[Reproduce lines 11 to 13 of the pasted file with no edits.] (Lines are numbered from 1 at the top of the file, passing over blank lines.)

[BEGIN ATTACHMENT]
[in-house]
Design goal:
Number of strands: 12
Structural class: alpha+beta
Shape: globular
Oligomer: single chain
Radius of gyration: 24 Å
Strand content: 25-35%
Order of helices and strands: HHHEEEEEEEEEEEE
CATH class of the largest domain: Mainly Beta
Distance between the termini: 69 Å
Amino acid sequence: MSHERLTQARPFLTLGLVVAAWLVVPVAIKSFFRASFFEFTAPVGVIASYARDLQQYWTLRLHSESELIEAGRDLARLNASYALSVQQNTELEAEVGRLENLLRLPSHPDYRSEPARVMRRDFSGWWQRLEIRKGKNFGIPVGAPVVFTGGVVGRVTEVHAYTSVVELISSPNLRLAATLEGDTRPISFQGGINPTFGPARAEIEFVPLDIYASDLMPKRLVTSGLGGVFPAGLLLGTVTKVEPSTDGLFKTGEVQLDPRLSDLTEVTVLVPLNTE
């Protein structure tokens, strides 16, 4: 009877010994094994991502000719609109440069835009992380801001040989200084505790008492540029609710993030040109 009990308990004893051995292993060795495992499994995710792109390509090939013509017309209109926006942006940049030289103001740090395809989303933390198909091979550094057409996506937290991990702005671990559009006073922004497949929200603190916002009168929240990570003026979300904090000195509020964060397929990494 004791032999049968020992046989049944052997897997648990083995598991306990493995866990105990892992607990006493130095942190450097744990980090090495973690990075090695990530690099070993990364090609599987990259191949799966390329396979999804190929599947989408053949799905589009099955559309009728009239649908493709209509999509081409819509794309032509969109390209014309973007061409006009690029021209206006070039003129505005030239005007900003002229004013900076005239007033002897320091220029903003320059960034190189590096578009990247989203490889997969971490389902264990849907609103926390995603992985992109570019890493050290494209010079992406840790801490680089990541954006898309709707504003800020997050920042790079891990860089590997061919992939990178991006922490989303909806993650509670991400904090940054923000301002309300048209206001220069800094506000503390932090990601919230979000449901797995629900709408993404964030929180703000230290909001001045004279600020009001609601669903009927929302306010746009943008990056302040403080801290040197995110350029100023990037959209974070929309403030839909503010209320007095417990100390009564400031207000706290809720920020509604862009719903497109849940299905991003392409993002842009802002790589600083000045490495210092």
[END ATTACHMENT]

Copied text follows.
Distance between the termini: 69 Å
Amino acid sequence: MSHERLTQARPFLTLGLVVAAWLVVPVAIKSFFRASFFEFTAPVGVIASYARDLQQYWTLRLHSESELIEAGRDLARLNASYALSVQQNTELEAEVGRLENLLRLPSHPDYRSEPARVMRRDFSGWWQRLEIRKGKNFGIPVGAPVVFTGGVVGRVTEVHAYTSVVELISSPNLRLAATLEGDTRPISFQGGINPTFGPARAEIEFVPLDIYASDLMPKRLVTSGLGGVFPAGLLLGTVTKVEPSTDGLFKTGEVQLDPRLSDLTEVTVLVPLNTE
């Protein structure tokens, strides 16, 4: 009877010994094994991502000719609109440069835009992380801001040989200084505790008492540029609710993030040109 009990308990004893051995292993060795495992499994995710792109390509090939013509017309209109926006942006940049030289103001740090395809989303933390198909091979550094057409996506937290991990702005671990559009006073922004497949929200603190916002009168929240990570003026979300904090000195509020964060397929990494 004791032999049968020992046989049944052997897997648990083995598991306990493995866990105990892992607990006493130095942190450097744990980090090495973690990075090695990530690099070993990364090609599987990259191949799966390329396979999804190929599947989408053949799905589009099955559309009728009239649908493709209509999509081409819509794309032509969109390209014309973007061409006009690029021209206006070039003129505005030239005007900003002229004013900076005239007033002897320091220029903003320059960034190189590096578009990247989203490889997969971490389902264990849907609103926390995603992985992109570019890493050290494209010079992406840790801490680089990541954006898309709707504003800020997050920042790079891990860089590997061919992939990178991006922490989303909806993650509670991400904090940054923000301002309300048209206001220069800094506000503390932090990601919230979000449901797995629900709408993404964030929180703000230290909001001045004279600020009001609601669903009927929302306010746009943008990056302040403080801290040197995110350029100023990037959209974070929309403030839909503010209320007095417990100390009564400031207000706290809720920020509604862009719903497109849940299905991003392409993002842009802002790589600083000045490495210092």